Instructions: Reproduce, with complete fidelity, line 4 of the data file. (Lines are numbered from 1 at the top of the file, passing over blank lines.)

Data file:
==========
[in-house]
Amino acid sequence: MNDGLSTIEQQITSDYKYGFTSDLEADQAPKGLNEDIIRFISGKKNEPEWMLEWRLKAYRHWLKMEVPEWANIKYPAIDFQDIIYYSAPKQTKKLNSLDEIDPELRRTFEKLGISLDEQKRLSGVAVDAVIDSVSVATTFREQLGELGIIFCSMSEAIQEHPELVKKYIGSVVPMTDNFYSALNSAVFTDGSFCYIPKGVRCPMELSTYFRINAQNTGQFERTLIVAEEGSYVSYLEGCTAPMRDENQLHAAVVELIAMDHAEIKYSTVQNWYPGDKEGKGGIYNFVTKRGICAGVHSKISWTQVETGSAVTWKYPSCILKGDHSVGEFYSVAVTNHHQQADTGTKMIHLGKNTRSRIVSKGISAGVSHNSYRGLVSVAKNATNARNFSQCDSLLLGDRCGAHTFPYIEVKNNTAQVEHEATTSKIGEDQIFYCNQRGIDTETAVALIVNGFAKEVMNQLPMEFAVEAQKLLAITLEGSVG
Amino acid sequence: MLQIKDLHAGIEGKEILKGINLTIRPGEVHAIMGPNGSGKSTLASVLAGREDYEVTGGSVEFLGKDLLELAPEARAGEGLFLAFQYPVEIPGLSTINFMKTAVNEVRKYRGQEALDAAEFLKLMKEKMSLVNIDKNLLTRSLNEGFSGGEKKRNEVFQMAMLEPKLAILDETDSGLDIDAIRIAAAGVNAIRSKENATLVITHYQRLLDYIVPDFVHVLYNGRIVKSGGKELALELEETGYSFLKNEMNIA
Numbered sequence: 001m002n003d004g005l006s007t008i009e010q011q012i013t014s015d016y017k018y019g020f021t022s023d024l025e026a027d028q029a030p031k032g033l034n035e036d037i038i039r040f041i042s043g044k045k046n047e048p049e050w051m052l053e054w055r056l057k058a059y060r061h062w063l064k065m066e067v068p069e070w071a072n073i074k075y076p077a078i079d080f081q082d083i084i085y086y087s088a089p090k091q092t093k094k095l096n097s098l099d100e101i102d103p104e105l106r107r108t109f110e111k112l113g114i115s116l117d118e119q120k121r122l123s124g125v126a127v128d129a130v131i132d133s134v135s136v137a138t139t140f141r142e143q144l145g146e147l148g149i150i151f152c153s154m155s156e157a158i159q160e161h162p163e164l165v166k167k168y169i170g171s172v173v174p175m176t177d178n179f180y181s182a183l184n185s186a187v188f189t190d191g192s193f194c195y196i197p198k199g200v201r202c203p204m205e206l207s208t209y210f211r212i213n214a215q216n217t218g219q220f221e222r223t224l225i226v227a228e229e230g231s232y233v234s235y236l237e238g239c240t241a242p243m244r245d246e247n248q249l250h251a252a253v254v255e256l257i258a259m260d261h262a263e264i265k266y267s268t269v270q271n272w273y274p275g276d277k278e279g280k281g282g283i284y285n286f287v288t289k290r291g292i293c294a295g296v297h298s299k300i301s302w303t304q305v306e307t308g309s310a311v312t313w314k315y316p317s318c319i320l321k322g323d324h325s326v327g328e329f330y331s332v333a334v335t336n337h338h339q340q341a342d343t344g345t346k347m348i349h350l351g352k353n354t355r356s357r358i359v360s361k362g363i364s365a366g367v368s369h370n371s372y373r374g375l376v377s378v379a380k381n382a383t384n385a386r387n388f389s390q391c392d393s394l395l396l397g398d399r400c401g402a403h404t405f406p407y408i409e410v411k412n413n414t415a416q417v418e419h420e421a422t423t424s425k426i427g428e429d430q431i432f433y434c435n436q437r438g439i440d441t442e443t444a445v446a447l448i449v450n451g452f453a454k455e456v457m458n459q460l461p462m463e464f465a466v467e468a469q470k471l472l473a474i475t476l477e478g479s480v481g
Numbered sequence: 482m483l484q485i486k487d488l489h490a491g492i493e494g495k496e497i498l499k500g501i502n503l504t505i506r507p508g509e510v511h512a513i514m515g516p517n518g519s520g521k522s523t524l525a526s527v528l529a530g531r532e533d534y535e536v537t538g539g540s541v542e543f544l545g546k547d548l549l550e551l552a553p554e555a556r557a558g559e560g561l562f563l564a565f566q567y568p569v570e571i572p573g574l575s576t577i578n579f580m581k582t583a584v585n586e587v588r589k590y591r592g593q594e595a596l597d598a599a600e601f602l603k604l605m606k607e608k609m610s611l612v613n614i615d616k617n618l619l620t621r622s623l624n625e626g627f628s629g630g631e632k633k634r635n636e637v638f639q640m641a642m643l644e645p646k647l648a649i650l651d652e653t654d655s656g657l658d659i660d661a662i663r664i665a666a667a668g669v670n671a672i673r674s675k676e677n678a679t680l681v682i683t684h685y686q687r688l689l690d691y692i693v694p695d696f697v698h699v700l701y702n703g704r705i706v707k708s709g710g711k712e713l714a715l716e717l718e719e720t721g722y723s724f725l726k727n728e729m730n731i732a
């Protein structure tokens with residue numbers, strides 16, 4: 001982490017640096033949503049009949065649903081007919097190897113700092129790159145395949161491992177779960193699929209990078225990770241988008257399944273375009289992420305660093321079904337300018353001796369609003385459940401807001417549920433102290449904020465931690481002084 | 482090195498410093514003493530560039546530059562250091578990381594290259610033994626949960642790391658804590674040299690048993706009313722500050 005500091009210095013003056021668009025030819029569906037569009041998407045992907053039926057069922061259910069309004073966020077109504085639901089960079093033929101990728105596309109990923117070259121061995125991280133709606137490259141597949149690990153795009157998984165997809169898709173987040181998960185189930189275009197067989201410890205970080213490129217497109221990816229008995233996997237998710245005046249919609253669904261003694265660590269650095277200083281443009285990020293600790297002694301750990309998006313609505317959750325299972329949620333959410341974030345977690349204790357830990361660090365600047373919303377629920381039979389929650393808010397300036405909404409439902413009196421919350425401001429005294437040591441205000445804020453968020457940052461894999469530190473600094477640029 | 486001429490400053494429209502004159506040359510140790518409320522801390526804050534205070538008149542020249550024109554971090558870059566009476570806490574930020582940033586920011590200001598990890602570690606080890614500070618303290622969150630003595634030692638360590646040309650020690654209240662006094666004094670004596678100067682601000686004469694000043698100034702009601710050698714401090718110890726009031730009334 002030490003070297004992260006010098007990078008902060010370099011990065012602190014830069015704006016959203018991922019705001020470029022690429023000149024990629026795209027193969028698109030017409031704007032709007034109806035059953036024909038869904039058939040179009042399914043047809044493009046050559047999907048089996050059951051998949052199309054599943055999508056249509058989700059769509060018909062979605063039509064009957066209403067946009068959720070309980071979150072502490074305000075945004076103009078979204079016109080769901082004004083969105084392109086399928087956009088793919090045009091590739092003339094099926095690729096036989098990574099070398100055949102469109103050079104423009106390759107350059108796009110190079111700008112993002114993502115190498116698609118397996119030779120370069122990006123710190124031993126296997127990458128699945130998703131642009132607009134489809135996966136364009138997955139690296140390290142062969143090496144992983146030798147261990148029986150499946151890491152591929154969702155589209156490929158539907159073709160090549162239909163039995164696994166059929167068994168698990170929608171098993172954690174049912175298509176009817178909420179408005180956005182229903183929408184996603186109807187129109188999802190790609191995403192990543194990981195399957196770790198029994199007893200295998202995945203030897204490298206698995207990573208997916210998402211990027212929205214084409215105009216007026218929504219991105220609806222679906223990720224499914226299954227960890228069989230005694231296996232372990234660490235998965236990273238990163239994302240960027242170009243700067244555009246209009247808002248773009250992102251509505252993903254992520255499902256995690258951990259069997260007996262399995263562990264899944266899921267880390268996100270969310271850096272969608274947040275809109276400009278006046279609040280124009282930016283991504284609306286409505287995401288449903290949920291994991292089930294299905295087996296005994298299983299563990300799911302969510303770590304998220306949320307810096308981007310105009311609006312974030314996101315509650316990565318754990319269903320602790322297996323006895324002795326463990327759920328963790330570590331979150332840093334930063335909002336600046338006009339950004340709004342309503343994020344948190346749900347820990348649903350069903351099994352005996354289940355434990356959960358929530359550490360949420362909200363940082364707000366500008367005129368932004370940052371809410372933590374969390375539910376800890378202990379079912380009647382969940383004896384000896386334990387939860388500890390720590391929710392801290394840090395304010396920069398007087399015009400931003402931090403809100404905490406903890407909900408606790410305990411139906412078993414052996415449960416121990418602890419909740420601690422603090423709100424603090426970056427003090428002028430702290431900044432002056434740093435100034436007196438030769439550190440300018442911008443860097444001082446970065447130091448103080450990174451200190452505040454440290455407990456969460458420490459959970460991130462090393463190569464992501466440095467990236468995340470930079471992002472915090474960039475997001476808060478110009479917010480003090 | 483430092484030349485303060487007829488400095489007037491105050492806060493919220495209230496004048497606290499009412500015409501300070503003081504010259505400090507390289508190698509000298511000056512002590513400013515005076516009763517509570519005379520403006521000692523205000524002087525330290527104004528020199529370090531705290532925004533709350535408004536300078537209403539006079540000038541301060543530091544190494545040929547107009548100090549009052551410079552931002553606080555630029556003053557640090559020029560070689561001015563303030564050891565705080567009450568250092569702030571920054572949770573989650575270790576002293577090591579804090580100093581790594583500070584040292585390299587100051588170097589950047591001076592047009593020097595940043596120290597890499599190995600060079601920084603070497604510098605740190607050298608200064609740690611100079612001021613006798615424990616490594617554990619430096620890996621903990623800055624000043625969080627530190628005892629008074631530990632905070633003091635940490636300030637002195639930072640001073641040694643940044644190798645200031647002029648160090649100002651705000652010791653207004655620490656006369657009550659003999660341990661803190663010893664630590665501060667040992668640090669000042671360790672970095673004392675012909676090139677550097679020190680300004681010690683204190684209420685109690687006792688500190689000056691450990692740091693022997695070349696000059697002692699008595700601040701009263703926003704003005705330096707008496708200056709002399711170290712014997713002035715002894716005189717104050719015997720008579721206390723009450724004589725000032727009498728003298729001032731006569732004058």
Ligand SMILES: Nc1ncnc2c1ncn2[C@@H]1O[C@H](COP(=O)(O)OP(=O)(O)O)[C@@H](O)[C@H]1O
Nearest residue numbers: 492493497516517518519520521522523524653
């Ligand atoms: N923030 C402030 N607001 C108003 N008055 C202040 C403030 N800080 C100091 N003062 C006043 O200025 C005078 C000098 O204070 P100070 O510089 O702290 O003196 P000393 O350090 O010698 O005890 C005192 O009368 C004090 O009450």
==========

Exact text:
Numbered sequence: 001m002n003d004g005l006s007t008i009e010q011q012i013t014s015d016y017k018y019g020f021t022s023d024l025e026a027d028q029a030p031k032g033l034n035e036d037i038i039r040f041i042s043g044k045k046n047e048p049e050w051m052l053e054w055r056l057k058a059y060r061h062w063l064k065m066e067v068p069e070w071a072n073i074k075y076p077a078i079d080f081q082d083i084i085y086y087s088a089p090k091q092t093k094k095l096n097s098l099d100e101i102d103p104e105l106r107r108t109f110e111k112l113g114i115s116l117d118e119q120k121r122l123s124g125v126a127v128d129a130v131i132d133s134v135s136v137a138t139t140f141r142e143q144l145g146e147l148g149i150i151f152c153s154m155s156e157a158i159q160e161h162p163e164l165v166k167k168y169i170g171s172v173v174p175m176t177d178n179f180y181s182a183l184n185s186a187v188f189t190d191g192s193f194c195y196i197p198k199g200v201r202c203p204m205e206l207s208t209y210f211r212i213n214a215q216n217t218g219q220f221e222r223t224l225i226v227a228e229e230g231s232y233v234s235y236l237e238g239c240t241a242p243m244r245d246e247n248q249l250h251a252a253v254v255e256l257i258a259m260d261h262a263e264i265k266y267s268t269v270q271n272w273y274p275g276d277k278e279g280k281g282g283i284y285n286f287v288t289k290r291g292i293c294a295g296v297h298s299k300i301s302w303t304q305v306e307t308g309s310a311v312t313w314k315y316p317s318c319i320l321k322g323d324h325s326v327g328e329f330y331s332v333a334v335t336n337h338h339q340q341a342d343t344g345t346k347m348i349h350l351g352k353n354t355r356s357r358i359v360s361k362g363i364s365a366g367v368s369h370n371s372y373r374g375l376v377s378v379a380k381n382a383t384n385a386r387n388f389s390q391c392d393s394l395l396l397g398d399r400c401g402a403h404t405f406p407y408i409e410v411k412n413n414t415a416q417v418e419h420e421a422t423t424s425k426i427g428e429d430q431i432f433y434c435n436q437r438g439i440d441t442e443t444a445v446a447l448i449v450n451g452f453a454k455e456v457m458n459q460l461p462m463e464f465a466v467e468a469q470k471l472l473a474i475t476l477e478g479s480v481g